Environment Waikato has confirmed its overall rate revenue growth for next financial year is 9.8 per cent, compared to an earlier projection of 19 per cent.
The regional council adopted its 2007/08 Annual Plan at its meeting in Hamilton yesterday. The plan details the cost of a range of activities related to managing the effects of using freshwater, land, air and coastal waters, managing rivers, reducing soil erosion, protecting areas at risk of flooding, civil defence, land transport planning and the contracting of passenger services, among others.
Total spending in 2007/08 is now set to be $91.1 million, of which rates will contribute $58.85 million (exclusive GST).
When targeted rates for buses in Hamilton and growth in rates revenue from more houses in the region are taken out of the equation, the underlying projected rise in the regional Environment Waikato rate take is just 5.5 per cent.
Chairman Jenni Vernon said the council was fortunate that its strong financial position this year would flow through to next year’s work programmes, helping to reduce the amount of rates money required.
“Rates fund activities that help make our region safe, economically vibrant and ecologically healthy.
“The problem is our population is growing and our economy is geared for growth but our natural resources don’t grow – they stay the same. As a result, the quality and quantity of water, the quality of air and soils is threatened.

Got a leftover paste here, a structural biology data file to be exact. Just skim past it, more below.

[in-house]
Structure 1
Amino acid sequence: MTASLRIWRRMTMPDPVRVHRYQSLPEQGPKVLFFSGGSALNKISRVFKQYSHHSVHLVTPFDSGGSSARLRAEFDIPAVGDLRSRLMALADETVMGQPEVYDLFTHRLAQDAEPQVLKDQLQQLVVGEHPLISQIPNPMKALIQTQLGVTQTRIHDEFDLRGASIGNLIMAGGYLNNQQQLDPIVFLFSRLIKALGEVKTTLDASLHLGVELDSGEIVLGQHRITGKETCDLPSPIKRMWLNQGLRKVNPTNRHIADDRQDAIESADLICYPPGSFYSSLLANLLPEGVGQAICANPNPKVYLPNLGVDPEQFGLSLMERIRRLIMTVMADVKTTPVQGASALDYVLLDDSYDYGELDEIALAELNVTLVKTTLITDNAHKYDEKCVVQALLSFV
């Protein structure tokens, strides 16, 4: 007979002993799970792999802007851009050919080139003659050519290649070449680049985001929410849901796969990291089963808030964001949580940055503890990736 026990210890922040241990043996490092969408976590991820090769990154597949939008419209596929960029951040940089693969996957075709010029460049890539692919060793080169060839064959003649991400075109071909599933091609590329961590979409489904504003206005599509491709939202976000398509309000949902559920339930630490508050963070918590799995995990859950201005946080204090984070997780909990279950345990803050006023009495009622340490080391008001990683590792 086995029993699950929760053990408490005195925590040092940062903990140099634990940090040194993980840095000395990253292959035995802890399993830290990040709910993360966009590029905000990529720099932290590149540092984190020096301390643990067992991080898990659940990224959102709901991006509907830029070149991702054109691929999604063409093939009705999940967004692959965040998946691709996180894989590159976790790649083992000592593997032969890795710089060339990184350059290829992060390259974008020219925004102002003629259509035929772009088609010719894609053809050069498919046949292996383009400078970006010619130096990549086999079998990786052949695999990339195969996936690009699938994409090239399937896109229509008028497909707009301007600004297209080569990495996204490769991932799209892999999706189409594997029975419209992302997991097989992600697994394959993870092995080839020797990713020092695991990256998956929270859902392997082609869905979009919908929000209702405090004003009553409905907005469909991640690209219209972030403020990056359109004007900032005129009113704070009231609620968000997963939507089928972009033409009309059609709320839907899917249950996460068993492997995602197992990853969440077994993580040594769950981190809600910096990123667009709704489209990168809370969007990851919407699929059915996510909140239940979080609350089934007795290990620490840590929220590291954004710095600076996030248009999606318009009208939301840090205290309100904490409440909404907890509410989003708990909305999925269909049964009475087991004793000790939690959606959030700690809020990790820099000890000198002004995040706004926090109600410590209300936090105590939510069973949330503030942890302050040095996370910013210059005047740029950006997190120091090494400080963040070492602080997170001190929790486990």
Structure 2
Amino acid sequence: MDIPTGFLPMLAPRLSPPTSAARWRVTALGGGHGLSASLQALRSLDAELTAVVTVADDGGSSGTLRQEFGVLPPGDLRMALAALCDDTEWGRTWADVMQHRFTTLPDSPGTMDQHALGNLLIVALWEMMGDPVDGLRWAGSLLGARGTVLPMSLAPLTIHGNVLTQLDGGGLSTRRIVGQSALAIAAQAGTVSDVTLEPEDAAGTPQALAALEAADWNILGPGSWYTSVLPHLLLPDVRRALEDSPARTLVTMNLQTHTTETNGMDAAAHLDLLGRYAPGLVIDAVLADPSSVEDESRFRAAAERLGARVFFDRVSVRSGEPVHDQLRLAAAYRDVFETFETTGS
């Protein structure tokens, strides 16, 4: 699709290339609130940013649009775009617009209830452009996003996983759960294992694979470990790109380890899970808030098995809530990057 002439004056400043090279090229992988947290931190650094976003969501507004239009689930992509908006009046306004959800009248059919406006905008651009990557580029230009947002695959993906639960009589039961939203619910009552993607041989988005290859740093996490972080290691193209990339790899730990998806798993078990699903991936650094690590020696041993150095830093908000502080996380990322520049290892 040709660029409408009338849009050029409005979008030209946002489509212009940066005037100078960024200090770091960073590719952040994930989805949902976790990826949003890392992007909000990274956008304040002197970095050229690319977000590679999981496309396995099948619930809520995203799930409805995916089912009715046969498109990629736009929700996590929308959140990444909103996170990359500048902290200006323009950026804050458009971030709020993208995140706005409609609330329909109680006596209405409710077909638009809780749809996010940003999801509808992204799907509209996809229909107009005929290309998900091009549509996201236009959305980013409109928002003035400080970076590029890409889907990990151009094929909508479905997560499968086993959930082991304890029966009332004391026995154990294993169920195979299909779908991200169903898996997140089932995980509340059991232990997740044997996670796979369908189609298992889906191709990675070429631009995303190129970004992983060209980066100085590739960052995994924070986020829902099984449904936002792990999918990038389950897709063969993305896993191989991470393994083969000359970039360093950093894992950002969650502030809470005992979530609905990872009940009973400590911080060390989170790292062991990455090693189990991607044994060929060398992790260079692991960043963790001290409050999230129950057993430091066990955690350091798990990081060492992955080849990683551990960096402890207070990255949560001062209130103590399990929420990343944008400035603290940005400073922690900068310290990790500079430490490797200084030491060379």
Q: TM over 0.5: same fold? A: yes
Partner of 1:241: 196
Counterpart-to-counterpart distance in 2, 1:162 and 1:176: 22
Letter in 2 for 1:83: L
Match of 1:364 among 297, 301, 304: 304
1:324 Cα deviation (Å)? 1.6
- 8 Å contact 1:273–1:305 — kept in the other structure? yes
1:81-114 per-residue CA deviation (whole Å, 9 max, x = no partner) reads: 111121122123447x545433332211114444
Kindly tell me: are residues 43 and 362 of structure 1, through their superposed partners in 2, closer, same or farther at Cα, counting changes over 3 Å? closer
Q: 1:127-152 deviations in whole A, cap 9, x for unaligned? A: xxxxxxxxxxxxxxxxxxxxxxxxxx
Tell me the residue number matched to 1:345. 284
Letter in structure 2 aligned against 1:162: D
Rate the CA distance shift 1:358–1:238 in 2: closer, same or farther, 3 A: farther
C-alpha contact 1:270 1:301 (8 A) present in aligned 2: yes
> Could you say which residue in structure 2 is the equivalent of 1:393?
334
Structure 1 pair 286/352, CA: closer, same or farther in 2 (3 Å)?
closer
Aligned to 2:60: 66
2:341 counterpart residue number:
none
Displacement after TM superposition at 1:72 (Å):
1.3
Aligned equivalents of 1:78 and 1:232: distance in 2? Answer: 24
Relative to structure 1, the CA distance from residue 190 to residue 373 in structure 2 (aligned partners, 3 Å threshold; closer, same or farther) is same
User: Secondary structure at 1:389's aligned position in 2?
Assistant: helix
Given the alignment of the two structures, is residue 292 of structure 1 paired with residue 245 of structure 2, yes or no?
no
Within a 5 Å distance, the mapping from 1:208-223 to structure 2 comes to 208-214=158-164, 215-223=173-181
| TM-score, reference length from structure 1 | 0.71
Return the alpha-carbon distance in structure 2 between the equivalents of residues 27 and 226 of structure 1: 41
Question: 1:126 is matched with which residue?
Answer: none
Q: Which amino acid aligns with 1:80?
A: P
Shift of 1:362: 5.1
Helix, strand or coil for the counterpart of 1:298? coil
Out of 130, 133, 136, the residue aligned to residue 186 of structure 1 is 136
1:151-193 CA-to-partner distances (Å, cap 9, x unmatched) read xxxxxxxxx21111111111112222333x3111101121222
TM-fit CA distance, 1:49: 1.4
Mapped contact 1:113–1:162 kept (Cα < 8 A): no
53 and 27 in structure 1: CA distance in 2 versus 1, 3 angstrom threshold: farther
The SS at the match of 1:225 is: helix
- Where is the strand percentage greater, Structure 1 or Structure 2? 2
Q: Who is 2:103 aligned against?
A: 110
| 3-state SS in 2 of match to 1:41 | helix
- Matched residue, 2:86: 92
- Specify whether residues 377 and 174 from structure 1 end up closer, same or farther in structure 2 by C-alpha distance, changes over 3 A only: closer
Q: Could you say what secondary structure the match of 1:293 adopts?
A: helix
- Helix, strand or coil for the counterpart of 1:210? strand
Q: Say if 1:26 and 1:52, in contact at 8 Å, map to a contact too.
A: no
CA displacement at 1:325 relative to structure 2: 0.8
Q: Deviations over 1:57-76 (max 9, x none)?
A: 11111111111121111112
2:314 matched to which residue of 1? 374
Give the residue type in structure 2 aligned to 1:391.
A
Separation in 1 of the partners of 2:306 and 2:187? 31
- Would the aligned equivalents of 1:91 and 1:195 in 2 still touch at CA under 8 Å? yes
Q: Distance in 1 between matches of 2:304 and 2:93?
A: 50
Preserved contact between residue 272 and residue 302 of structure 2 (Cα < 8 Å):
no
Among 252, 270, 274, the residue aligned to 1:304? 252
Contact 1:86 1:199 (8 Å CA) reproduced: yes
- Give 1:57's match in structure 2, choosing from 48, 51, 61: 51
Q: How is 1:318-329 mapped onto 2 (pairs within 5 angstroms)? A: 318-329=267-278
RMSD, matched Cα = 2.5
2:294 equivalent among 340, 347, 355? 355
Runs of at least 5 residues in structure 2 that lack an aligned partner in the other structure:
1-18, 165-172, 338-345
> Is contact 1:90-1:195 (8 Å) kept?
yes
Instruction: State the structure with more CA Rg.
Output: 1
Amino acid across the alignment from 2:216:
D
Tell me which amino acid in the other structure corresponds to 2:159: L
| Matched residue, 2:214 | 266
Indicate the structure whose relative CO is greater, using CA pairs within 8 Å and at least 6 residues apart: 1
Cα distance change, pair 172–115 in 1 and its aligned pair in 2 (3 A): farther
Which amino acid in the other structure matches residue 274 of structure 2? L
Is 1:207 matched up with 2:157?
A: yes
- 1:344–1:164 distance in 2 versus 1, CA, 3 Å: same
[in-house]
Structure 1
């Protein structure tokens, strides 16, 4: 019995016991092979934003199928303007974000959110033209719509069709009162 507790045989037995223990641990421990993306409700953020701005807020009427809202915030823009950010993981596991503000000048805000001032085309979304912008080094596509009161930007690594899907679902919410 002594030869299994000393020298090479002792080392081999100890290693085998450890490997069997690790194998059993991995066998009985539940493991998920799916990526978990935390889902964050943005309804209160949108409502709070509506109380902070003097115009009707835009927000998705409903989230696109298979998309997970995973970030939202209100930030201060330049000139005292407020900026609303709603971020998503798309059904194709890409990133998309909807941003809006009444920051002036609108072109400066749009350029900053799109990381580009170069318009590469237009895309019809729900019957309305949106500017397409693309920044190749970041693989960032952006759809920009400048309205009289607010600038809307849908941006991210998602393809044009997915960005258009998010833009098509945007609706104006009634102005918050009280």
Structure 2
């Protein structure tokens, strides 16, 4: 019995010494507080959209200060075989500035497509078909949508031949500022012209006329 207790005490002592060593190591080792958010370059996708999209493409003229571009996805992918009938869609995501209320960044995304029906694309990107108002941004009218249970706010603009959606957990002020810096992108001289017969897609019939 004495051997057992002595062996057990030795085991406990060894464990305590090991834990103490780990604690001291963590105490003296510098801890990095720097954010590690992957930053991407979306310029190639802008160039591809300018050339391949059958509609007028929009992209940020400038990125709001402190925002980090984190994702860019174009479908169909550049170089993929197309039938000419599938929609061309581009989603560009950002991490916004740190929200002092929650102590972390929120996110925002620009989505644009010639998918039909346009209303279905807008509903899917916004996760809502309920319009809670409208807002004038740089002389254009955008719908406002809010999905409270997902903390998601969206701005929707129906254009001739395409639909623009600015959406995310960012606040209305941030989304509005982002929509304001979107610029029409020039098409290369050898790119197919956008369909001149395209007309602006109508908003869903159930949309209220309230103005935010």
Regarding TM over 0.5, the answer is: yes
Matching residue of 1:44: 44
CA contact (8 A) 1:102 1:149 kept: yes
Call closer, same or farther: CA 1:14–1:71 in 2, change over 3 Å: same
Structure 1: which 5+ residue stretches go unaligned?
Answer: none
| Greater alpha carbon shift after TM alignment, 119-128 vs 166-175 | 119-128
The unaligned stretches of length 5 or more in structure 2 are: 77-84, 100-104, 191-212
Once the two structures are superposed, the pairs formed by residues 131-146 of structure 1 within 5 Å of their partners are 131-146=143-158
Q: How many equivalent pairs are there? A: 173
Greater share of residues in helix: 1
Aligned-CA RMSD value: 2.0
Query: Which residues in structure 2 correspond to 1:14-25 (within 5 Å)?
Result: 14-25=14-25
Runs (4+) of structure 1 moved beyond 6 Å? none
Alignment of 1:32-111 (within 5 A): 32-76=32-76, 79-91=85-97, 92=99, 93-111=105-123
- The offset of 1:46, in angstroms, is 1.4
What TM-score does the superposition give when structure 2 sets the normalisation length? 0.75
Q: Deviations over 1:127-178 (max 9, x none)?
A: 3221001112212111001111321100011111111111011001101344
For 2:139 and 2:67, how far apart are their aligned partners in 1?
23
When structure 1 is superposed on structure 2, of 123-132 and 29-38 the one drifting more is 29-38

“The cost of protecting these resources is increasing and our ongoing challenge is balancing the impact on ratepayers of these costs.”
To this end, the council has cut planned expenditure in biosecurity and delayed the start of some new bus services to spread the rating impact more evenly on ratepayers.
As rates are determined by capital value, property revaluations have had a significant impact on this year’s rates. Franklin, Hamilton, Hauraki, Matamata-Piako, South Waikato, andThames-Coromandel have all recently been revalued, pushing up capital values. Where a property’s value has increased more than the average for the area, that property’s rates will increase accordingly. Equally, if the capital value increase is less than the average, rates will reflect this.
Cr Vernon stressed the overall impact on individual ratepayers and districts would vary considerably, with some facing a lower rates bill next year and others seeing a significant hike due to property revaluations and other factors.
For example, the total rate revenue contributed by Hamilton ratepayers was due to increase by 20 per cent to $17.5 million. That higher rate of increase reflects the impact of revaluations, increases in the city’s targeted transport rate for bus services, and increases in the biosecurity rate and the Waikato-Waipa (Watershed) rate for flood control, river management, land drainage and soil conservation activities. All are linked to capital value.
By contrast, rate revenue increases in other parts of the region – such as Otorohanga’s at three per cent – are much lower, even including two per cent rates revenue growth from new properties and subdivisions.
“People need to take a careful look at their individual circumstances to judge how our rate increases affect them,” said Cr Vernon.
“The fact is that more than three quarters of all Waikato households will still pay less than $350 a year for the environmental, flood protection, pest control, transport and regulatory services we provide.”
|Territorial area||Percentage increase in total rate revenue 2006/07 to 2007/08
(includes an extra 2% for new properties and subdividisions)